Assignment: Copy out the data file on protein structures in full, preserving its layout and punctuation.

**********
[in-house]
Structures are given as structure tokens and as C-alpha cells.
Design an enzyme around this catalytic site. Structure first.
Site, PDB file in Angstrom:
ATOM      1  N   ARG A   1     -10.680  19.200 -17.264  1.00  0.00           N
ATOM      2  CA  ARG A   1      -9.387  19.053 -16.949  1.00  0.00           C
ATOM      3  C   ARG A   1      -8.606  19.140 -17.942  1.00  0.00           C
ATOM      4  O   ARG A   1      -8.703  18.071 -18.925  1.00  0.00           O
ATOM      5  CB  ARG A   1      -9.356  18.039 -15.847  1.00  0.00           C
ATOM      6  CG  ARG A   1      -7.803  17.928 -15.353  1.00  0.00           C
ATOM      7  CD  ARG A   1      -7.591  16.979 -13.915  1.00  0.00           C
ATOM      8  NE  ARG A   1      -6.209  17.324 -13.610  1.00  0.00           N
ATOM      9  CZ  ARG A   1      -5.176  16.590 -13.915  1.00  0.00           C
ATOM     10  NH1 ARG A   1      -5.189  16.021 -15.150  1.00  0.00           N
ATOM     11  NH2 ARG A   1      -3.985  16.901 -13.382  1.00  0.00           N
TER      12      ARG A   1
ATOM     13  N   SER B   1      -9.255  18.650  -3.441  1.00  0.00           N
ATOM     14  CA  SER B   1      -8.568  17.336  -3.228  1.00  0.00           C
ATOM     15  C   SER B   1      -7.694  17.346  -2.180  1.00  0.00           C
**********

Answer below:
[in-house]
Structures are given as structure tokens and as C-alpha cells.
Design an enzyme around this catalytic site. Structure first.
Site, PDB file in Angstrom:
ATOM      1  N   ARG A   1     -10.680  19.200 -17.264  1.00  0.00           N
ATOM      2  CA  ARG A   1      -9.387  19.053 -16.949  1.00  0.00           C
ATOM      3  C   ARG A   1      -8.606  19.140 -17.942  1.00  0.00           C
ATOM      4  O   ARG A   1      -8.703  18.071 -18.925  1.00  0.00           O
ATOM      5  CB  ARG A   1      -9.356  18.039 -15.847  1.00  0.00           C
ATOM      6  CG  ARG A   1      -7.803  17.928 -15.353  1.00  0.00           C
ATOM      7  CD  ARG A   1      -7.591  16.979 -13.915  1.00  0.00           C
ATOM      8  NE  ARG A   1      -6.209  17.324 -13.610  1.00  0.00           N
ATOM      9  CZ  ARG A   1      -5.176  16.590 -13.915  1.00  0.00           C
ATOM     10  NH1 ARG A   1      -5.189  16.021 -15.150  1.00  0.00           N
ATOM     11  NH2 ARG A   1      -3.985  16.901 -13.382  1.00  0.00           N
TER      12      ARG A   1
ATOM     13  N   SER B   1      -9.255  18.650  -3.441  1.00  0.00           N
ATOM     14  CA  SER B   1      -8.568  17.336  -3.228  1.00  0.00           C
ATOM     15  C   SER B   1      -7.694  17.346  -2.180  1.00  0.00           C